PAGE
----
Archive for the ‘Cherokee’ Category

Of the “U-Le-Na-Hi-Dv Tsa-La-Gi” Uplands Cherokee

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SS: the below legend talks about an island in the atlantic from whence the cherokee people came from which i think really refers to atlantis. “u-le-na-hi-dv tsa-la-gi” means lost cherokee in cherokee native tongue. there are two chiefs the white cheif during peace times and the red chief during war times. and i believe there is a third chief.. the ‘ani-kutani’ chief who comes from south america who were called the secret order of viracocha who enter and leave this world through astral windows.. the same astral windows seen in the pacific that the mer-people enter and leave through..there is the difference between a ‘secret society or fraternity’ and the ‘secret order’ .

SS: i am 1/3rd cherokee and 2/3rds german although one could not tell i am that much cherokee.. the tribe i am associated with is called the ‘lost cherokee’ of the wolf clan .. this tribe did not participate in the ‘trail of tears’ and never signed any peace treaties with the us government. what i think this means is that the secret order is not bound by any us government/native american treaties. three fourths of the cherokee nation are 1/4th blood quantum or less. today to be kituwah only requires 1/4th blood quantum.

Derived from the Cherokee term “Ani-kituhwagi” meaning “people of the Kituwah” the name Keetoowah has become synonymous with the conservative “fullblood” element of the Cherokee Nation. It is believed that the Kituwah settlement was the original nucleus of the Cherokee people in the mountains of North Carolina along the highland regions of Cherokee Homelands. Benny Smith, Cherokee Elder, agrees with this definition, “ It is highly probable that Keetoowah was derived from “go-doo”, a Cherokee word meaning on top, on the surface, or uppermost. The mother settlement of the Ancient Cherokee was called Kituwah, which is now Keetoowah, and was located in the uplands … “Go-doos” is often used to refer to the highlands in relations to the low bottomlands or prairie lands.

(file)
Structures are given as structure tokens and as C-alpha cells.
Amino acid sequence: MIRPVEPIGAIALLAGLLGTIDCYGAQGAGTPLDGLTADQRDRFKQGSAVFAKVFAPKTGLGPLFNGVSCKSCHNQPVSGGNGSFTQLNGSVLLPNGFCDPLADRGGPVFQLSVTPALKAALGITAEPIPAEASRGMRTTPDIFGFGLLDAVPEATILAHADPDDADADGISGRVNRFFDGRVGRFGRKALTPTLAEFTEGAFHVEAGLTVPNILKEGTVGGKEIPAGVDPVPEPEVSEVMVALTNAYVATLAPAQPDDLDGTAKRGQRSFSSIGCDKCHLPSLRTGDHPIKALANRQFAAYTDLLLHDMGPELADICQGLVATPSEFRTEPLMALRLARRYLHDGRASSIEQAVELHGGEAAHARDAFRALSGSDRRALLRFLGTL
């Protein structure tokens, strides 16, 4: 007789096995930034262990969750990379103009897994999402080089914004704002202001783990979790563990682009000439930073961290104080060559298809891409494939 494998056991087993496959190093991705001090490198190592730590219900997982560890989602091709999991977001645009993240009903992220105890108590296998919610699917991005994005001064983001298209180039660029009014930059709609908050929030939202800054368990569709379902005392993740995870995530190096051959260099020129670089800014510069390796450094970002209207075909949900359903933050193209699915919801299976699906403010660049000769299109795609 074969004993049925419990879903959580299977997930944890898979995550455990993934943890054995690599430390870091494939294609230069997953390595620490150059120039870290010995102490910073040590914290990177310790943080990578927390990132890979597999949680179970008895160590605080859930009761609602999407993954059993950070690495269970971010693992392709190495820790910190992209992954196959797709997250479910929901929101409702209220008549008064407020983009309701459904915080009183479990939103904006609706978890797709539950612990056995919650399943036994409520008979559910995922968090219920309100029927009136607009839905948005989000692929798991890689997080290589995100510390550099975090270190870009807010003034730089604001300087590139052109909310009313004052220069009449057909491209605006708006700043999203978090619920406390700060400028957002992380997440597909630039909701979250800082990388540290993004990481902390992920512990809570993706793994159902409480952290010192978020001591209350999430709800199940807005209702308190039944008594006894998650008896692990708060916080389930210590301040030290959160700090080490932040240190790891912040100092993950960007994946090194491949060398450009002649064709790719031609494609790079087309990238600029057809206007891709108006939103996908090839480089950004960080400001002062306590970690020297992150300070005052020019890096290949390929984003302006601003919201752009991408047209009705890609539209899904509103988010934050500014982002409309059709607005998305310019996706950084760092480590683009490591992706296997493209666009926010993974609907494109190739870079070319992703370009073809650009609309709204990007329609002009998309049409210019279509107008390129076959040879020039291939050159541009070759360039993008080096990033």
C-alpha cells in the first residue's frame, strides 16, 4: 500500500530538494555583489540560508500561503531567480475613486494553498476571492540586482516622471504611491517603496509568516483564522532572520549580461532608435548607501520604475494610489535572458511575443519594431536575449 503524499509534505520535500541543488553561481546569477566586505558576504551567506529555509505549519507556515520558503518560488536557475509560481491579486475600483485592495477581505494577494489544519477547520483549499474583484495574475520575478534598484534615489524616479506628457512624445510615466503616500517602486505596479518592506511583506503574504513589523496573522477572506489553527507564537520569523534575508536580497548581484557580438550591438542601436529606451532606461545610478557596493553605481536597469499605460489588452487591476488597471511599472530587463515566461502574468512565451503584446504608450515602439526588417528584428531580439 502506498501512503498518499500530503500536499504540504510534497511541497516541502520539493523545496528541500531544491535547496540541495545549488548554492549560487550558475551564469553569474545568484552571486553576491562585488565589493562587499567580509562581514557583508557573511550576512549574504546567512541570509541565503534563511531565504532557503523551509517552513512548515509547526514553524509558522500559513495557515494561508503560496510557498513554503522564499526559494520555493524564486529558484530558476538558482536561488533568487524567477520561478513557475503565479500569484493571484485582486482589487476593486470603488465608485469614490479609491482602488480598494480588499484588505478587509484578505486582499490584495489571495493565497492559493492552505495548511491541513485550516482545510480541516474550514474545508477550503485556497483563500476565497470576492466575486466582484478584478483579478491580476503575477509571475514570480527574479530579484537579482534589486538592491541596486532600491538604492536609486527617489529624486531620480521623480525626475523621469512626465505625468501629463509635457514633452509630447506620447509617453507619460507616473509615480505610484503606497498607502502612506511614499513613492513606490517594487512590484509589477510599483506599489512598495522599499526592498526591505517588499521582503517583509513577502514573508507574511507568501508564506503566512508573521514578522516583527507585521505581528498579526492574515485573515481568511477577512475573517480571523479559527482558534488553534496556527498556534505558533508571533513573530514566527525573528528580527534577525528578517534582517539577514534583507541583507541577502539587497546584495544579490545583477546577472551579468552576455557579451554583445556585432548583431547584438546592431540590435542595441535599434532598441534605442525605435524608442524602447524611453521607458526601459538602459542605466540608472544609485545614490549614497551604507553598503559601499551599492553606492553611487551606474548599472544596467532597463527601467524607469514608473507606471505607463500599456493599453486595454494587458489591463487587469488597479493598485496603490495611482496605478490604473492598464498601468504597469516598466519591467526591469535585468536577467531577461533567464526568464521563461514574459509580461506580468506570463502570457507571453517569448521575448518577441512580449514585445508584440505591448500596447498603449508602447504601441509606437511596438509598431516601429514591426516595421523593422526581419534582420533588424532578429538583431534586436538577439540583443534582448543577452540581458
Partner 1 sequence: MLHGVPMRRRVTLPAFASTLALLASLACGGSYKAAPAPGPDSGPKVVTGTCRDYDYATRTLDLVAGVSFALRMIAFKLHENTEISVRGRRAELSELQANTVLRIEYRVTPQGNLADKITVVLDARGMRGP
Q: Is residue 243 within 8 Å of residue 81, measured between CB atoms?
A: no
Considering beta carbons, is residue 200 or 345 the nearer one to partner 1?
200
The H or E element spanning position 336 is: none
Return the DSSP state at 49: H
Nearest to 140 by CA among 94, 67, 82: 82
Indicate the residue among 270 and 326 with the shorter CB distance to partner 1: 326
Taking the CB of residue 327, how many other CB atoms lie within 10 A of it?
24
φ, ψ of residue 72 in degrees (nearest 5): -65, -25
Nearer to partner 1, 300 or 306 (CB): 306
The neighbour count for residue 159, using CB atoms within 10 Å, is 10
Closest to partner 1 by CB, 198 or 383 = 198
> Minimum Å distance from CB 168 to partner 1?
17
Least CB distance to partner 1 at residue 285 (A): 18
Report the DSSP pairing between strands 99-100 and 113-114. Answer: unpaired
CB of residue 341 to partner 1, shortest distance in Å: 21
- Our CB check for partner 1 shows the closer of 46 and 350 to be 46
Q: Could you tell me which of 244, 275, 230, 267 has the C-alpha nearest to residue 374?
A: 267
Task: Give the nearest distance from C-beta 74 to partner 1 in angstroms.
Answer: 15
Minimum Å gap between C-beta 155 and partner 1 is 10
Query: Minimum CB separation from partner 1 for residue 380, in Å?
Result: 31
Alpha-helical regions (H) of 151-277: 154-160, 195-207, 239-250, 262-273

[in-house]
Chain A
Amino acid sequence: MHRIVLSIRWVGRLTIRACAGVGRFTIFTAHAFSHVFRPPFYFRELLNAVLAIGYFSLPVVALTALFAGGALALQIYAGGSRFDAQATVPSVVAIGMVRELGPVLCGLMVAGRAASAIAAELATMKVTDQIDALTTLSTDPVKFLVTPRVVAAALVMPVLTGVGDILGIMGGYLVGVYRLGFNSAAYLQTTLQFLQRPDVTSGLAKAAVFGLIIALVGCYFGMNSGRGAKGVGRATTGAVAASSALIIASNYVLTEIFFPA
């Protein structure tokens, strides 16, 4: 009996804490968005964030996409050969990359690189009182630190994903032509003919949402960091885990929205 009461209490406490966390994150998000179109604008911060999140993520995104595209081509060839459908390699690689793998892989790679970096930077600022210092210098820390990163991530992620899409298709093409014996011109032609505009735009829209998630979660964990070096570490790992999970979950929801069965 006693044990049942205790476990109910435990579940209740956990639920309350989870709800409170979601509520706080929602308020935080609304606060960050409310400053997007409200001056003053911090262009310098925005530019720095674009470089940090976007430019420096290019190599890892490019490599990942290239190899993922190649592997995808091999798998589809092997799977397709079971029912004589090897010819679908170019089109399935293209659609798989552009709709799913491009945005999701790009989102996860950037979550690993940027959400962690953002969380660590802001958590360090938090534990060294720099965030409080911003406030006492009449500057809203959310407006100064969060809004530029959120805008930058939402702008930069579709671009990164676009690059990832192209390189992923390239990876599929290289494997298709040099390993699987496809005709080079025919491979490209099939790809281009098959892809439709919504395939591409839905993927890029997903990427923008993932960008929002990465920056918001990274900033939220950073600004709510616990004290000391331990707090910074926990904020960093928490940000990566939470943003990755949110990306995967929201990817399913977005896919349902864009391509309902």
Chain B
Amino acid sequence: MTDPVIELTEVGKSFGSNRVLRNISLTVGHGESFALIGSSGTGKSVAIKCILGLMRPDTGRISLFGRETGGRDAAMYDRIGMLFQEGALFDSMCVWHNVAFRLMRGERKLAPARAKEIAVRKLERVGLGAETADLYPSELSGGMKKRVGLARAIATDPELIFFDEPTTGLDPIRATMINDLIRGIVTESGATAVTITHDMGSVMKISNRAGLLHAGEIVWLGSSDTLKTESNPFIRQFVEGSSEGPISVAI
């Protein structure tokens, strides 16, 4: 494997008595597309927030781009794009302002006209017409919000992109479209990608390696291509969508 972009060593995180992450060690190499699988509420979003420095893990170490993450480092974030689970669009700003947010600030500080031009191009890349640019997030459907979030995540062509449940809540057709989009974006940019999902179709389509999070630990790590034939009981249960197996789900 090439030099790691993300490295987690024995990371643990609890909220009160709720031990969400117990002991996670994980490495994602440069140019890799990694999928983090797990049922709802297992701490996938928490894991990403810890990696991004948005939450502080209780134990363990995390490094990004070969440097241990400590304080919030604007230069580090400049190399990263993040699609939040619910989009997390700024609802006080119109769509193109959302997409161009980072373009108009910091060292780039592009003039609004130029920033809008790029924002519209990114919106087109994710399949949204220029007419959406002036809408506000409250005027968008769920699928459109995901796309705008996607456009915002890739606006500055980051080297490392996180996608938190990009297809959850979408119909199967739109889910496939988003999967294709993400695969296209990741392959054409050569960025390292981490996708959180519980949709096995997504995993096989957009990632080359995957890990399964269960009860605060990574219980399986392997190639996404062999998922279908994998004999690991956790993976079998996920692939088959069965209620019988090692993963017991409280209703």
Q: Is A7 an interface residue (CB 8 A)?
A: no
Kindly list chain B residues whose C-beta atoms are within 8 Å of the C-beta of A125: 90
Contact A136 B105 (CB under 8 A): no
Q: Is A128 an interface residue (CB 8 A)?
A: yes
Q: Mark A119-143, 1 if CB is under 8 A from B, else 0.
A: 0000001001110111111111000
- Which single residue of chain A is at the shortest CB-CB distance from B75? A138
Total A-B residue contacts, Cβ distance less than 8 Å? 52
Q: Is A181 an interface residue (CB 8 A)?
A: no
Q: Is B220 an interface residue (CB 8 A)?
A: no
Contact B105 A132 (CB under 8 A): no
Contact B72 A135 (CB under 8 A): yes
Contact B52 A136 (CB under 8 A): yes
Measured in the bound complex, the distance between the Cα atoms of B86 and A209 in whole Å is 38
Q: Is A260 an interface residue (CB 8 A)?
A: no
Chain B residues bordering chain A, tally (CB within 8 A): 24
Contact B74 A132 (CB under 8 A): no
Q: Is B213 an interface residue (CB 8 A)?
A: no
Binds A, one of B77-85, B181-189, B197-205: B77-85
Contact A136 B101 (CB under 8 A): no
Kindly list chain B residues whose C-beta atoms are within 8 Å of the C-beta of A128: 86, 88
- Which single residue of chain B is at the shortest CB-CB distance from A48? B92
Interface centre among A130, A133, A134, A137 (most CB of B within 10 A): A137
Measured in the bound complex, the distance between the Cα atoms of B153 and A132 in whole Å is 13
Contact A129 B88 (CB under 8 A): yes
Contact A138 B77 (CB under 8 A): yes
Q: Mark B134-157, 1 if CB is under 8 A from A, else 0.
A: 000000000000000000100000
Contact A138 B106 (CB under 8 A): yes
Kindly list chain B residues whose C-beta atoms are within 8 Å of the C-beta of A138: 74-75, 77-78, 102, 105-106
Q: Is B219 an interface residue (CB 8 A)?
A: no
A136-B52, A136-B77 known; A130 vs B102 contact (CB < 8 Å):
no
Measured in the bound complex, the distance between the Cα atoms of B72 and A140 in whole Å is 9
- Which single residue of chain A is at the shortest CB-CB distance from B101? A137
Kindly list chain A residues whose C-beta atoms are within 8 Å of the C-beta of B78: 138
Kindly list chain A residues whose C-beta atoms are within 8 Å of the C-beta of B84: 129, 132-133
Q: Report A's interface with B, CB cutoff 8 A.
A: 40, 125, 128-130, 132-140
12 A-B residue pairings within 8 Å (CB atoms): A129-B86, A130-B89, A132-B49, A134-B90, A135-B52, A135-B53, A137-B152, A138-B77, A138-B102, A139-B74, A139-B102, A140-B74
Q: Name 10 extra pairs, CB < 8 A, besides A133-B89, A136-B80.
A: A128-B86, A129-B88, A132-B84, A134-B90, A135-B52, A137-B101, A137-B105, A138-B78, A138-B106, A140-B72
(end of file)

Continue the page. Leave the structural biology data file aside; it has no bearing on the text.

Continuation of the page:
Although Kituwah was synonymous with the older mother towns, the story of the origins of Kituwah goes much farther back in Cherokee history. According to legend, the Cherokee people originated from an island in the Atlantic Ocean somewhere east of South America where they were continually plagued by attacks from neighboring peoples. In spite of the fact they were heavily outnumbered, the Cherokee were consistently victorious in their struggles. One enemy saw in the plume of smoke from the Cherokee encampment an eagle bearing arrows in it’s claws, became convinced that the Cherokee were the divine’s chosen people and withdrew the assault. According to the same legend, the breathgiver did indeed grant the Cherokee unlimited and mysterious powers. Their wise men were accorded the special gift of being able to interpret and act upon the breathgivers wishes.

As time passed, this ancient and mysterious clan of wise men became known as the “Ani-Kutani”. Because of their mysterious powers and control over the forces of nature, the Ani-Kutani totally controlled the religious function of the Cherokee Nation. The Ani-Kutani grew to be a clan among the Cherokee, as opposed to a society, because their power and position had become hereditary. As the powers granted to the Ani-Kutani were granted by special dispensation from the divine breathgiver, they were only to be used for the best interests of the people. Pg 74 – 75 n Slavery in the Cherokee Nation n By Patrick Neal Minges

Viracocha is the great creator god in the pre-Inca and Inca mythology in the Andes region of South America. Full name and some spelling alternatives are Wiracocha,[1] Apu Qun Tiqsi Wiraqutra, and Con-Tici (also spelled Kon-Tiki) Viracocha. Viracocha was one of the most important deities in the Inca pantheon and seen as the creator of all things, or the substance from which all things are created, and intimately associated with the sea.[2] Viracocha created the universe, sun, moon, and stars, time (by commanding the sun to move over the sky)[3] and civilization itself. Viracocha was worshipped as god of the sun and of storms. He was represented as wearing the sun for a crown, with thunderbolts in his hands, and tears descending from his eyes as rain.